It’s weird animal Friday again and, while these animals don’t have multiple mouths or human faces, one is a world’s first and another is a world record breaker. The world’s first is the world’s first warm-blooded fish. And just in case you’re wondering, there’s actually a cold-blooded mammal or two. Topping things off, a world-record eel caught off the coast of England is definitely the biggest but its length may be a fish tale.

According to the journal Science, new research by the NOAA (National Oceanic and Atmospheric Administration) Fisheries has determined that the deep sea fish called the opah or moonfish (Lampris guttatus) is the world’s first warm-blooded fish. It’s all in the gills as the opah is the only fish with blood vessels in its gills that warm the blood circulating through its body. As a result, it has a faster metabolism that most deep sea fish, increasing its speed and reaction time to make it a dangerous predator.

Are there any cold-blooded mammals? Sort of. The East African naked mole-rat (Heterocephalus glaber) is the world’s only thermoregulating mammal, meaning that it uses its surroundings to regulate its body temperature rather than an internal mechanism, like the way humans sweat to cool off or get goose bumps to warm up. An extinct miniature goat (Myotragus balearicus) that lived on what is now the Spanish island of Majorca, was also cold-blooded and managed to survive for millions of years until humans showed up on the island 3,000 years ago and killed them off.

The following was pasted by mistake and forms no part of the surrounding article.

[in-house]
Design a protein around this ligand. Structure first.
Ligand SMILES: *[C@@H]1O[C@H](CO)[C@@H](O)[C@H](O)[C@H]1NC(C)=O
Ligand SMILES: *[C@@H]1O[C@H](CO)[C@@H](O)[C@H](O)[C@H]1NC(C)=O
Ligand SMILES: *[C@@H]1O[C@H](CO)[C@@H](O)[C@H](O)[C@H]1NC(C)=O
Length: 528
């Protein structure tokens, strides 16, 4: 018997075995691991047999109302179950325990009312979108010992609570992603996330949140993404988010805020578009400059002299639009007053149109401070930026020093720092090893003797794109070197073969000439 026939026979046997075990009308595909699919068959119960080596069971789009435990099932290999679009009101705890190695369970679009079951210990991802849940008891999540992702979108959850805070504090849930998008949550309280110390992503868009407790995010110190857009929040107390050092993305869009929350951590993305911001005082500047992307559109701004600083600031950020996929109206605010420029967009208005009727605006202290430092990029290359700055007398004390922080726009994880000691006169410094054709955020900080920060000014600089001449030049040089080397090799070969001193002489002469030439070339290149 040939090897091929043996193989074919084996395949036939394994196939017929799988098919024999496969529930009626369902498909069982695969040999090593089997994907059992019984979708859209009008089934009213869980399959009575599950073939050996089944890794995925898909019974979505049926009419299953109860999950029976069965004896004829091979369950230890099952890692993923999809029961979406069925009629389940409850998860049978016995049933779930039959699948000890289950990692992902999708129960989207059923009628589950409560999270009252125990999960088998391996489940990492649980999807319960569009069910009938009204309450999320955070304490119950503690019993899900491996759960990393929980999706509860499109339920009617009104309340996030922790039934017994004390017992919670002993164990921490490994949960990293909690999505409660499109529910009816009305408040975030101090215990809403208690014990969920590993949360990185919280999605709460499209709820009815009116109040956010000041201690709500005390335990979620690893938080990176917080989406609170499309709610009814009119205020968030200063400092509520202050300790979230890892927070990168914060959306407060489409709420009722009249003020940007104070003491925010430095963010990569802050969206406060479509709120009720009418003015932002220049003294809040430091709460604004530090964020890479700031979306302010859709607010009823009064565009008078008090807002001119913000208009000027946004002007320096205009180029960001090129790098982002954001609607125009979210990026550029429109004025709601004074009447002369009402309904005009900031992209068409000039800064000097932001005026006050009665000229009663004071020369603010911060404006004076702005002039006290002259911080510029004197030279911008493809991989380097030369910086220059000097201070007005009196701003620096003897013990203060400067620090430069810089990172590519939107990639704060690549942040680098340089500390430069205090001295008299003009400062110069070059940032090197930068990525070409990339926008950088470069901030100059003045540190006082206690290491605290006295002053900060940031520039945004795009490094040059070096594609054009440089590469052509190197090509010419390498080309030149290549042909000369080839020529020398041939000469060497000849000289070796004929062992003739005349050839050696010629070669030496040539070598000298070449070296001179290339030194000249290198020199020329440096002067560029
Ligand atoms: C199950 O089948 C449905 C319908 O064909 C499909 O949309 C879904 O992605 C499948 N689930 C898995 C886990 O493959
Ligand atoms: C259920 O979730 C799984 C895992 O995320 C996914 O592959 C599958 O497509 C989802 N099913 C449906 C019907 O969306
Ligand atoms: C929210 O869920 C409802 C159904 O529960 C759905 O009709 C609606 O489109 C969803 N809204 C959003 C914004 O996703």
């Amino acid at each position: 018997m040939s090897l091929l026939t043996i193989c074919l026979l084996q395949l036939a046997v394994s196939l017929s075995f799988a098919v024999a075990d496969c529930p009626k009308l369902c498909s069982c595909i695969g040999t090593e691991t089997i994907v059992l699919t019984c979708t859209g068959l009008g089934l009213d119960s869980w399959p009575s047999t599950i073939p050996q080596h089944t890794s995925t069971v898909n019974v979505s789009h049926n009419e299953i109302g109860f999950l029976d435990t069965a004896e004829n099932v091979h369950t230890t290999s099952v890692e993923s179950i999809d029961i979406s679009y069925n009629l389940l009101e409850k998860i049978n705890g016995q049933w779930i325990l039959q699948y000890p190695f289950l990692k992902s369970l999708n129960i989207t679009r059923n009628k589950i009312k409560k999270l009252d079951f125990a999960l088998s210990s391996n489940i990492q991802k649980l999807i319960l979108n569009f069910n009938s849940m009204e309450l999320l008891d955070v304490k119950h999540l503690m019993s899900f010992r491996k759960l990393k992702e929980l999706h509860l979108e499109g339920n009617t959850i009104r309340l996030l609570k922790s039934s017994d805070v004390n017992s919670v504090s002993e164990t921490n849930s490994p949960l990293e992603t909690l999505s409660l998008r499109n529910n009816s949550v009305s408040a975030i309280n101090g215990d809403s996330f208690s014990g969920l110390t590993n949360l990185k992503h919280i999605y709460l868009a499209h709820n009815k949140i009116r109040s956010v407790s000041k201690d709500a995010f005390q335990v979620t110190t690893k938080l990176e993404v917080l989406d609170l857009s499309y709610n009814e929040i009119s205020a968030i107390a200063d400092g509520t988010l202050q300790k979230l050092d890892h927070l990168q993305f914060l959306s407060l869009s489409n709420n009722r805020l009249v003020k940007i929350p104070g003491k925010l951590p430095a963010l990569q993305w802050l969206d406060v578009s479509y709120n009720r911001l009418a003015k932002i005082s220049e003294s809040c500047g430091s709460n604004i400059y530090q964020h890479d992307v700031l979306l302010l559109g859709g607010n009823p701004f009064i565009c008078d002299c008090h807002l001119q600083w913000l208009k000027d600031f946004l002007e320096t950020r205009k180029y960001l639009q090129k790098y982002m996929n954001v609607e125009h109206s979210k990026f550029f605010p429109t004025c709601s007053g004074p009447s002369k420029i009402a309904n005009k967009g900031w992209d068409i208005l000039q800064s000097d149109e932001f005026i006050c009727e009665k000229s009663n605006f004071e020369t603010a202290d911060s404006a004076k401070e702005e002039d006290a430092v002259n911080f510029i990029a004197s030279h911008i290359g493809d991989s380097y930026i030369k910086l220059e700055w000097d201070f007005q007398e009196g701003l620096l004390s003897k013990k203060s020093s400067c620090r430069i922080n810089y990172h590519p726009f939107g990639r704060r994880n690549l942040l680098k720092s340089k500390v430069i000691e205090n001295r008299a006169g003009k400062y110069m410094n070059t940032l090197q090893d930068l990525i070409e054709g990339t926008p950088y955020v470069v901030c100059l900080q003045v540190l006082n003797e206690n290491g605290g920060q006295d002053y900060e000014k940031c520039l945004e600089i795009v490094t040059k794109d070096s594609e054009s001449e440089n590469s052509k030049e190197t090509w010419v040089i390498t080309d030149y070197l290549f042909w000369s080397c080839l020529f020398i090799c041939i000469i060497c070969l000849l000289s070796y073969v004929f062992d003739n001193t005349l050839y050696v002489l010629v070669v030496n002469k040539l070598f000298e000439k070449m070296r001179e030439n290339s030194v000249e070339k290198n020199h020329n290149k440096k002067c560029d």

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Naked mole-rats

Eels are cold-blooded and the Conger eel caught off Plymouth in Devon, England, this week was a cold-blooded monster weighing in at 160 pounds (72.5kg), breaking the old record of 133 pounds. The picture tweeted by the proud fishermen who hauled it in showed the eel to be 21 feet long but that fish tale was reduced to 7-10 feet when it was pointed out that eels stretch considerably when hung up for weighing. That’s still one big Conger.

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World record Conger eel

Warm-blooded fish, cold-blooded rats and monster eels. We share the universe with a lot of mysterious creatures, don’t we?

Paul Seaburn

Paul Seaburn is the editor at Mysterious Universe and its most prolific writer. He’s written for TV shows such as "The Tonight Show", "Politically Incorrect" and an award-winning children’s program. He's been published in “The New York Times" and "Huffington Post” and has co-authored numerous collections of trivia, puzzles and humor. His “What in the World!” podcast is a fun look at the latest weird and paranormal news, strange sports stories and odd trivia. Paul likes to add a bit of humor to each MU post he crafts. After all, the mysterious doesn't always have to be serious.

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